Historically, the tools available to determine fault in a car accident were limited. Investigators could inspect the damage to the vehicle and interview witnesses, but the cause was often hard to determine. When both drivers pointed the finger at each other– often it could be impossible to determine fault.
As technology continued to spread, personal injury law firm investigators obtained new tools. Crime scene experts began to measure the lengths of skid marks to determine which drivers attempted to stop. Traffic cameras record what occurred at major intersections. While these advances were helpful, they were only available in limited situations. Enter the dashcam.
They are mobile cameras mounted on the dashboard of your vehicle. They constantly record, often capturing in great detail how an accident occurs. While they are legal to use and have their benefits, some drawbacks should be considered. Below, we discuss how it can help your claim.
Benefits of Dashcams
The primary benefits of a dashcam are obvious. During a trial, the lack of video often leads the lawyers for both sides spinning their versions of what happened. With a video, the jury could watch what happened for themselves. Importantly, the court could review the important parts of the video frame by frame to determine minor details about the accident. Was it a red light? Was the turn signal on? These factors that are commonly disputed could be determined with certainty, thanks to the video.
This video footage can offer other benefits in addition to trial evidence. In a hit and run accident, it could record the other driver’s license plate or even capture a glimpse of their face. This video has even been used to identify drivers that hit unmanned cars in parking lots and leave without contacting the owner.
Drawbacks of Dashcams
Like any technology, they are not perfect. Some models result in grainy, imperfect video quality. When quality is low, it can be difficult to make out what is happening. This is common when the accident occurs at high speed.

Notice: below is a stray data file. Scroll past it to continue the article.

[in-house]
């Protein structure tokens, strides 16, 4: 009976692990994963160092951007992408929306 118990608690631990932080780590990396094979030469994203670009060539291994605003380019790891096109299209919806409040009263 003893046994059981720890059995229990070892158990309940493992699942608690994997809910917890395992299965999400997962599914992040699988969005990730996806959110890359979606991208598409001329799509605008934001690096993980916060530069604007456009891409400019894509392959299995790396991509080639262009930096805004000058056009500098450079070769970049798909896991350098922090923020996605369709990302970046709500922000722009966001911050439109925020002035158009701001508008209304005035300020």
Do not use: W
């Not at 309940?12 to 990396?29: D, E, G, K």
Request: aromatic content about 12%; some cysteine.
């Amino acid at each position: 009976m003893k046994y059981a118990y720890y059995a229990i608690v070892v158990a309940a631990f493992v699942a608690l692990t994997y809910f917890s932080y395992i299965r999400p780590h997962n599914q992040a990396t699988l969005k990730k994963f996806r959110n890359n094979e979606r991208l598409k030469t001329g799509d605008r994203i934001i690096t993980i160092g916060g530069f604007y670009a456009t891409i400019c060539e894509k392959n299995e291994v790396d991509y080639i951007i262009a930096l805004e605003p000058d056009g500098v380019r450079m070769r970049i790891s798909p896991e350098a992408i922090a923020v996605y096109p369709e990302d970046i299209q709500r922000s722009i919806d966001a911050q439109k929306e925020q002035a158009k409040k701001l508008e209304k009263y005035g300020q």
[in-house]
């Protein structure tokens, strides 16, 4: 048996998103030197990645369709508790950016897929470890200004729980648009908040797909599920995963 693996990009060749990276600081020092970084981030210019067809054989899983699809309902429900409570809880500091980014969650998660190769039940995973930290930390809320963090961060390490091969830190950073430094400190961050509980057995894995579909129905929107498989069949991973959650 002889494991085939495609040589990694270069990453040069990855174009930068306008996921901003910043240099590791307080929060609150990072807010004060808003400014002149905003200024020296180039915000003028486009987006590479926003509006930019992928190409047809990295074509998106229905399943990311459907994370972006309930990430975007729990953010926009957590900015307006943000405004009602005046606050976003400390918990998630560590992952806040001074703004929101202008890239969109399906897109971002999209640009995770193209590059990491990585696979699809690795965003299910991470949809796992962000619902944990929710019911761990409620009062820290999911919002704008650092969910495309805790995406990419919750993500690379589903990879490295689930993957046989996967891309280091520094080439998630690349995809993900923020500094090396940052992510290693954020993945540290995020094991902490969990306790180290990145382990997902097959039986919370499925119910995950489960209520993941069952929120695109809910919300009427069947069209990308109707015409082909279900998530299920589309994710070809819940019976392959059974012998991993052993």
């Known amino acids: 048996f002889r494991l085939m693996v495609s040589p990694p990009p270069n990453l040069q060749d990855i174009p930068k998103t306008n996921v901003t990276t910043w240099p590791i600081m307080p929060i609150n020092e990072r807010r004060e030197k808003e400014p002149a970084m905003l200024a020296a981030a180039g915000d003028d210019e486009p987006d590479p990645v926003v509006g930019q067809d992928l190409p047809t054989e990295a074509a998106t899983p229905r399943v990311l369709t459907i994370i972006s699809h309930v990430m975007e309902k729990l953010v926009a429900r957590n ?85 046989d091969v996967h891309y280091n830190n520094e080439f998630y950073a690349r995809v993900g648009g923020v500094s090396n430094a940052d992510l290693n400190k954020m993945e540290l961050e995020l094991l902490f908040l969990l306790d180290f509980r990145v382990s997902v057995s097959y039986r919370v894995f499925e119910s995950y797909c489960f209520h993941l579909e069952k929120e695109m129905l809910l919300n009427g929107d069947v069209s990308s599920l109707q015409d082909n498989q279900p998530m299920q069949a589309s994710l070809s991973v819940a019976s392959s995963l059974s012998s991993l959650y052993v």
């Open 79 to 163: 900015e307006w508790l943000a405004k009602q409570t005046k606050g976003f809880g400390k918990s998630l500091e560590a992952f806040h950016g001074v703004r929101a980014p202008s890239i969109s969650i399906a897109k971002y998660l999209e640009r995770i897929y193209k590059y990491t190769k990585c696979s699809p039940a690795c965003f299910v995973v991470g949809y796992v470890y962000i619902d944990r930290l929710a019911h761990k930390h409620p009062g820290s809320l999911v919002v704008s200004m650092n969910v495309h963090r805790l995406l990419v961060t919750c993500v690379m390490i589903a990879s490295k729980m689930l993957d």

Additionally, cameras only face in one direction. When it is recording from the front dashboard, it will not capture accidents that occur to the sides or rear of a vehicle. Keep in mind that if you are involved in a crash, you will be required to turn over the video even if you are at fault.
The most important drawback of a dashcam is its impact on your safety. Despite its benefits, it’s an additional device in your vehicle. It could distract you in some cases, which could result in a crash if you take your eyes off the road. For the most part, however, it is possible to operate a vehicle with a dashcam without serious distraction issues. The camera works on its own and should not require any attention while driving.
Contact us at Preszler Law today
Whether or not it is for you is entirely your decision. The benefits are clear, both during the trial and when identifying the person responsible for a crash. However, these devices are not perfect. They could lead to distractions, fail to work properly, or even provide evidence against you if you are at fault. For many, these benefits outweigh the drawbacks.
If you make use of a dashcam, it could provide important evidence should you have to make an ICBC claim. However, this evidence is only one piece of the puzzle. To give yourself the best chance of prevailing on your claim, you could benefit from working closely with our car accident law firm. We are dedicated to helping our clients obtain the compensation they are entitled to. To learn more, contact us and schedule your free case evaluation.